3. Travel Light, Dress Like a Rockstar – Make your life easier by traveling like your favorite lead singer on tour. Ever notice how your favorite band will often wear the same two or three outfits on tour? That’s because nobody has the time or the space to carry around hundreds of cool outfits or to coordinate them. Pick a few essentials and mix it up. For the gentlemen: One pair of jeans, one pair of chinos, three long-sleeve shirts (one white; spread collar, one plaid; use some colors that that go with anything, and one that’s your favorite ever), a sweater and two blazers, one pair of dress shoes one pair of casual sneakers, provide a lot of fun combinations. And you don’t have to pack the entire closet.  This should all fit in one bag and a hang-up. If it doesn’t, upgrade to a side pocket duffel.

4. Show Up With Something – You might have the biggest family in Texas, or you might be joining another couple for a tiny Thanksgiving dinner. Either way, a gift will be appreciated. The best red wine for turkey day is a Pinot Noir, because its earthiness compliments the meal. The best white wine is a Riesling, because the wine’s wonderful apricot and apple accents compliment the sweetness of a Thanksgiving meal. If you want to go non-alcoholic, I’ve personally always appreciated a loaf of French bread or a couple of baguettes.

5. Check Yourself Before You Wreck Yourself- It seems like a no-brainer, but last year, I got ready to take off for a road trip and realized I had a flat tire. Couldn’t make the trip because guess what, Discount Tire isn’t open every single day of the year. Nobody is! Check your tires, oil, etc, before you go on a long trip.

6. Be Courageous – You know that one person nobody likes that somehow manages to make it to every family event? If you’re the host, do yourself a favor–don’t invite them. I know that’s controversial. We’re supposed to be graceful and kind. Well, some people invite that and some people don’t. Do your entire family a favor and make the holiday enjoyable. Many a beautiful Thanksgiving and Christmas has been sacrificed to the obligatory inclusion of Drunkle Frank or Cousin Drama. Treat the deserving with the grace of the world, but don’t open yourself up to a disaster. The owner of the China shop rarely invites the bull inside out of the bottom of his heart. Most of the time, he just gets invited by default.

7. Collect Keys – I feel like a PSA here, but this is the truth. It’s a lot of fun getting together with family and friends during Thanksgiving and Christmas. Whether you’re out of town or safely nestled in your own home, be safe! Collect keys and make sure that people aren’t leaving the party before they’re ready to make the drive.

8. Love Your Spouse- November and December are the busiest months of the year. It’s super easy to let tensions rise and to take that out on the closest person…your husband or wife. Don’t! This is a fun time to work together. Nothing in the world matters as much as your marriage. As a newlywed, I’m probably highly unqualified to give marital advice. But then again, it is pretty good advice, right? Make sure that you are taking care of the special person in your life and working together to have a Thanksgiving and Christmas that is as stress-free as possible, enjoyable, and dedicated to God and not greed.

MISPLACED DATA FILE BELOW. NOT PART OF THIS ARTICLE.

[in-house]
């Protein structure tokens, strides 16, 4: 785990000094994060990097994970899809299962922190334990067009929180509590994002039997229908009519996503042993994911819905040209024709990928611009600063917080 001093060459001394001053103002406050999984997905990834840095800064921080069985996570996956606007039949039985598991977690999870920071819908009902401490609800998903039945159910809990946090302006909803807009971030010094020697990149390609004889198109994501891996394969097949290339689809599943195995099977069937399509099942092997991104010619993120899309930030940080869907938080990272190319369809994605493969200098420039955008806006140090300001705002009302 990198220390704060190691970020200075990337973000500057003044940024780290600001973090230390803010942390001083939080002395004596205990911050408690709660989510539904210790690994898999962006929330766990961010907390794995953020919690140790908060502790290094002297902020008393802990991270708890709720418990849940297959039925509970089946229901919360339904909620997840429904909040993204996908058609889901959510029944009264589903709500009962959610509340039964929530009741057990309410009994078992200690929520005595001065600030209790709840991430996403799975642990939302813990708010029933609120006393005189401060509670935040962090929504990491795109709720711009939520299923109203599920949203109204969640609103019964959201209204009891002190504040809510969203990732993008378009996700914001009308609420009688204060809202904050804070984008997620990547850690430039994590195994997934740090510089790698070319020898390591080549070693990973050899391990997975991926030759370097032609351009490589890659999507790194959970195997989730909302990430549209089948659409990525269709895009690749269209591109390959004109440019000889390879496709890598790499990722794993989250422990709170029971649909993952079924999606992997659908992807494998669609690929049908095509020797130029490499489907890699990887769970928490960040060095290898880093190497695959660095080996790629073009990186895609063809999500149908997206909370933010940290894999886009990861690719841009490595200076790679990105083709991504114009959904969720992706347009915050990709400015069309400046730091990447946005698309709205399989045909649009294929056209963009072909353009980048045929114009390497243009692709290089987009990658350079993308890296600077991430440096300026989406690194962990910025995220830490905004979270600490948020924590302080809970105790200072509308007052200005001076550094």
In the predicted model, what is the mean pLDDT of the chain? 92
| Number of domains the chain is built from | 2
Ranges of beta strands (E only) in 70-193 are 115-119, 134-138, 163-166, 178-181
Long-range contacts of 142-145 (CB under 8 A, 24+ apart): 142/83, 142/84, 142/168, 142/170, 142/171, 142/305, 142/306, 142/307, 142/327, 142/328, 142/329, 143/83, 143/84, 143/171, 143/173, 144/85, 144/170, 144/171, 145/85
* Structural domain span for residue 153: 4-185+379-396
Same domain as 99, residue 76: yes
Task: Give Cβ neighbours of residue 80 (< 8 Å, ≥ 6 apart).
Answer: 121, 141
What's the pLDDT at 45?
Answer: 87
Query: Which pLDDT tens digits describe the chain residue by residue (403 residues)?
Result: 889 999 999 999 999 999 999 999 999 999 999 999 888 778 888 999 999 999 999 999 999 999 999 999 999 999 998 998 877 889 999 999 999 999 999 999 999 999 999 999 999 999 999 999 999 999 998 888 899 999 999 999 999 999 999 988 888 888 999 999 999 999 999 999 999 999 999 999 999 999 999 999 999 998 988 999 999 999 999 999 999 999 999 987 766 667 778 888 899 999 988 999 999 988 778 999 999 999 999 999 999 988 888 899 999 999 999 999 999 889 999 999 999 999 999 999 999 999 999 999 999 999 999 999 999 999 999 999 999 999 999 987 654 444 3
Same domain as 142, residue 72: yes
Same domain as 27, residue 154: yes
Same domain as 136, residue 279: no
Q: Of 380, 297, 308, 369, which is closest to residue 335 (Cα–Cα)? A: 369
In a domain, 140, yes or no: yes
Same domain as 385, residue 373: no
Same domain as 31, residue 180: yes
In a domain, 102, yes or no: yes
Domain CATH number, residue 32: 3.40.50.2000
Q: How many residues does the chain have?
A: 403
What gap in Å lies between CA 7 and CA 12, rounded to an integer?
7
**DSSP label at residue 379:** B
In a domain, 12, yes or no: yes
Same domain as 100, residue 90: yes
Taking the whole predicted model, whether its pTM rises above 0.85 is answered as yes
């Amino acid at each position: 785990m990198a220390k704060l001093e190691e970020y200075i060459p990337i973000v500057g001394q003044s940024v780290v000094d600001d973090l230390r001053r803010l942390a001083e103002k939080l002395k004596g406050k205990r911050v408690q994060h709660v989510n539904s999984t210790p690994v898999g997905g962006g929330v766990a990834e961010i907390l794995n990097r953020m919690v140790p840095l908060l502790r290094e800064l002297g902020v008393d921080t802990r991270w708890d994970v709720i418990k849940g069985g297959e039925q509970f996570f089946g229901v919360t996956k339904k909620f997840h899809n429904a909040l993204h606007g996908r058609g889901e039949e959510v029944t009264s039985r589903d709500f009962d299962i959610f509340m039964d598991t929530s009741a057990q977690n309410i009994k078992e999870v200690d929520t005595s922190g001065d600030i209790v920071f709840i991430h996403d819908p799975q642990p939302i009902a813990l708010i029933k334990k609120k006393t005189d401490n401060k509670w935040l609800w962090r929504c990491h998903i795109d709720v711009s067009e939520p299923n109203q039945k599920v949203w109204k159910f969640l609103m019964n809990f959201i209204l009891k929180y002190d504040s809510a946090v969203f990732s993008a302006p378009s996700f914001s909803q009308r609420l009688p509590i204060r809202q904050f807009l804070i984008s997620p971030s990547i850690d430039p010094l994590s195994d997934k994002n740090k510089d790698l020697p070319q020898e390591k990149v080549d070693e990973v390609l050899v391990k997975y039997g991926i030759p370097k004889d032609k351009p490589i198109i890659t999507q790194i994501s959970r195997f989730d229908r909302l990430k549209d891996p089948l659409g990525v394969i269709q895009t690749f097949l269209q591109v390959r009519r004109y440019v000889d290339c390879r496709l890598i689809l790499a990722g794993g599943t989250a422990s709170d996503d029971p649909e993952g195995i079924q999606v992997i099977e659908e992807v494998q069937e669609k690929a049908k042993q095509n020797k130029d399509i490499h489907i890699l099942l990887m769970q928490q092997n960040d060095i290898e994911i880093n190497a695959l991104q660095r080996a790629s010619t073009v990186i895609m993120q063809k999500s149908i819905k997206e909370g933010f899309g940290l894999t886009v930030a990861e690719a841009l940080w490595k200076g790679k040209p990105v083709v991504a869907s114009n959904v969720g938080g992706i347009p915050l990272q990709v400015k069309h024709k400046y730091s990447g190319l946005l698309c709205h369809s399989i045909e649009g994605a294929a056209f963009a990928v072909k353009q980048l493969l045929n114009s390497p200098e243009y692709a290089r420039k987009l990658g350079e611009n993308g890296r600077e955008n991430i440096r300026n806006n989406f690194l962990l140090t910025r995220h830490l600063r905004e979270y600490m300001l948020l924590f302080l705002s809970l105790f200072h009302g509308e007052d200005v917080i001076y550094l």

9. Make it Personal – So much of Christmas these days seems to be about the accumulation of wealth. I believe it’s better to give someone a personal gift than a generic thing off of some wish list they wrote while watching Youtube from the comfort of the lavatory. Is this selfish on my part? I don’t think so. I would rather give someone a trinket that they will keep forever than a 100th shirt or 5th pair of sunglasses, etc. Example: my wife’s grandfather needed a shoe horn but was having some hip problems. So, I had a custom shoe horn made out of Texas mesquite that was basically the length of a cane. Custom gift with function and form.

10. Be Thankful – We all say the Grace before dinner. Well, take it one step further. Spend a little time and look around at all of your blessings. Even if times are tough. Count your blessings. Appreciate Thanksgiving and Christmas for the time you get to spend with the people you love. Cherish these moments. Ignore the hustle. Let your loved ones know they matter. It will make their holiday a lot better. And then, when Christmas rolls around, give them a gift that means more to their souls and less to their closets.


Good luck and God Bless!


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In this twenty-first episode of the Not Dead Yet Show:

Dave shares his secret formula for cleaning dogs that like to wrestle with skunks, Suzette washes poo off of a crate-full of puppies, and Sela tells us what is takes to make a handsome chupacabra.



Come see the rest of the Not Dead Yet Series

Subscribe to the Not Dead Yet Show newsletter right now or else be prepared to face the consequences of missing the greatest show ever produced about the Munsons living in tents.

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By Tim (Social Content Guy)

My new favorite lawn game is one you might not have heard of before. It is called Kubb (listen to how it is pronounced here.) A friend of mine recently introduced me to the game and set up a game one afternoon. I was intrigued by the description and history of the game and by the time the first game was over, I was hooked. This may or may have been because I won…